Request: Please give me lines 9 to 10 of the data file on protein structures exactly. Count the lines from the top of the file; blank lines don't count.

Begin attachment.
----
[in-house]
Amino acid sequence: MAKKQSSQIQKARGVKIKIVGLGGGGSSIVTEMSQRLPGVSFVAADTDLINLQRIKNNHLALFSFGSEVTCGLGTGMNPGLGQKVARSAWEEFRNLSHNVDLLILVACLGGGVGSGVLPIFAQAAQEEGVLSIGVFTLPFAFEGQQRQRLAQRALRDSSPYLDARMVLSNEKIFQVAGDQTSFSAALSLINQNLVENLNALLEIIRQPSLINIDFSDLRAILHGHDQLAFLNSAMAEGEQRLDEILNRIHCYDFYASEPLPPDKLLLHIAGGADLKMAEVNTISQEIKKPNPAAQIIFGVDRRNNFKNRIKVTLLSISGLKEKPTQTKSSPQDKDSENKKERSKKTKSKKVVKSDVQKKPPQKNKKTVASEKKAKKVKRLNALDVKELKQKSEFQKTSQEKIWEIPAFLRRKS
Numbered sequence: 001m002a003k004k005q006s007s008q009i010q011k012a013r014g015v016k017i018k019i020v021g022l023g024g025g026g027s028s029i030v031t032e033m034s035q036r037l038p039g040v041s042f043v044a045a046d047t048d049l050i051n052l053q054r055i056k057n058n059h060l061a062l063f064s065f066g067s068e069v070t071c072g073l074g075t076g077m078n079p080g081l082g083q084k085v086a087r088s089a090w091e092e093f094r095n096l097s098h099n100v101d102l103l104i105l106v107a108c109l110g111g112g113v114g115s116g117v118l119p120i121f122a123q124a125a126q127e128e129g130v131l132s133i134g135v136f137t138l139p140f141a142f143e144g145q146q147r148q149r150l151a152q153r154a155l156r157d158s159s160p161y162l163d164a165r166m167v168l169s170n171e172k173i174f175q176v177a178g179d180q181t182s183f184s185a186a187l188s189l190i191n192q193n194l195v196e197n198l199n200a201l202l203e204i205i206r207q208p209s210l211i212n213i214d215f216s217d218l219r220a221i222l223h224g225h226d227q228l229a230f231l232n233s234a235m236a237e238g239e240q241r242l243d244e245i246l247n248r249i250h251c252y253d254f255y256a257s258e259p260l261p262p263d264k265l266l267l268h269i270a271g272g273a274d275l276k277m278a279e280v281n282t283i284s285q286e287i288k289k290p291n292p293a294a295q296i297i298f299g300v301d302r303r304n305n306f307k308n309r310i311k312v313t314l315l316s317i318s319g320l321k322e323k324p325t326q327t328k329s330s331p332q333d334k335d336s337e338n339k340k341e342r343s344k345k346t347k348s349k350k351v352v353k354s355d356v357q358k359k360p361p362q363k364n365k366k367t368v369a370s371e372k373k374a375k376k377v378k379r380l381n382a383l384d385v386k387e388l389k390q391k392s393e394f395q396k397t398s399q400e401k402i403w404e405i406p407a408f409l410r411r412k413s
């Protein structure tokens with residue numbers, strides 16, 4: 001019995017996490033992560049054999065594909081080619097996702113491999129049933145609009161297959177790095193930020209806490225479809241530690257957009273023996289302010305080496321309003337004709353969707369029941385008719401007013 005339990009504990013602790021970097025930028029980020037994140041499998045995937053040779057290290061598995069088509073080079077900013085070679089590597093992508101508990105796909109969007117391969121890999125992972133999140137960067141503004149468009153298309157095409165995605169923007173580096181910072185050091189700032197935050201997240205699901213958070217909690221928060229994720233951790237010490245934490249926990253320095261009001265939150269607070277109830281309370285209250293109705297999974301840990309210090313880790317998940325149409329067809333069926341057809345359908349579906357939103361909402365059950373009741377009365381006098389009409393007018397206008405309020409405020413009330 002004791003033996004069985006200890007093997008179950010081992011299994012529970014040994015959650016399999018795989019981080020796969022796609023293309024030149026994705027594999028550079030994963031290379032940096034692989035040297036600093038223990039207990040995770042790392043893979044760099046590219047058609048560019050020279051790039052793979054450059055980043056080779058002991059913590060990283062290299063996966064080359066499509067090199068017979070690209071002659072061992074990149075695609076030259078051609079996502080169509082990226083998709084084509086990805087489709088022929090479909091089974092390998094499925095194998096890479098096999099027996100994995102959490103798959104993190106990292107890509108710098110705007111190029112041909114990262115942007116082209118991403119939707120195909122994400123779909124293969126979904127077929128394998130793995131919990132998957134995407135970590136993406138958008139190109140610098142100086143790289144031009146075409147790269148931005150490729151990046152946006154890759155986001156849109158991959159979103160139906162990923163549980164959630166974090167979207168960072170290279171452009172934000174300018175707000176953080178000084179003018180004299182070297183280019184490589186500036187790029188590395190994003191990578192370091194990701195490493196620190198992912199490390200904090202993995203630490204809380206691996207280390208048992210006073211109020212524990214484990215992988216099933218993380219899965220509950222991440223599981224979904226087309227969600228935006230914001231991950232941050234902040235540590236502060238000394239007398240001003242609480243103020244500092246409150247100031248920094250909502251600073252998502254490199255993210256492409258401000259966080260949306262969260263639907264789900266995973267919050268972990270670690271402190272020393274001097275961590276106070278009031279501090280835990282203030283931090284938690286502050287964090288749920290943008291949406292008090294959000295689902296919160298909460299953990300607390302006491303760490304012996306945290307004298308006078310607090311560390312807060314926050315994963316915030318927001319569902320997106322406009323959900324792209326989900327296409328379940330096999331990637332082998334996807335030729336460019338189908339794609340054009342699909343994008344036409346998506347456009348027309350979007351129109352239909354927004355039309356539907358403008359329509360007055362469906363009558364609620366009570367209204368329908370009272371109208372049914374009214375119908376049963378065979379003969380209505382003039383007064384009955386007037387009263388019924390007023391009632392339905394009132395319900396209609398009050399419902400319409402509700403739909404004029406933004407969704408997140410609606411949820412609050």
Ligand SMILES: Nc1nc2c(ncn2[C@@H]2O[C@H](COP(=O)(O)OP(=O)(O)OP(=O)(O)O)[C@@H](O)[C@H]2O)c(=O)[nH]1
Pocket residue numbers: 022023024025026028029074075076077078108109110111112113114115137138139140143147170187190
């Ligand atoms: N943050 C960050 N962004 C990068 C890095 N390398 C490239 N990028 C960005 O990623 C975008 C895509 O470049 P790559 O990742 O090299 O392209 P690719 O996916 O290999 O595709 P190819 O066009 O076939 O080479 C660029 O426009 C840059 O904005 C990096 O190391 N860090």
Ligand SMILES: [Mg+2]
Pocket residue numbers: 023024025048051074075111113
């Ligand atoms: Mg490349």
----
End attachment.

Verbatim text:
Pocket residue numbers: 023024025048051074075111113
């Ligand atoms: Mg490349």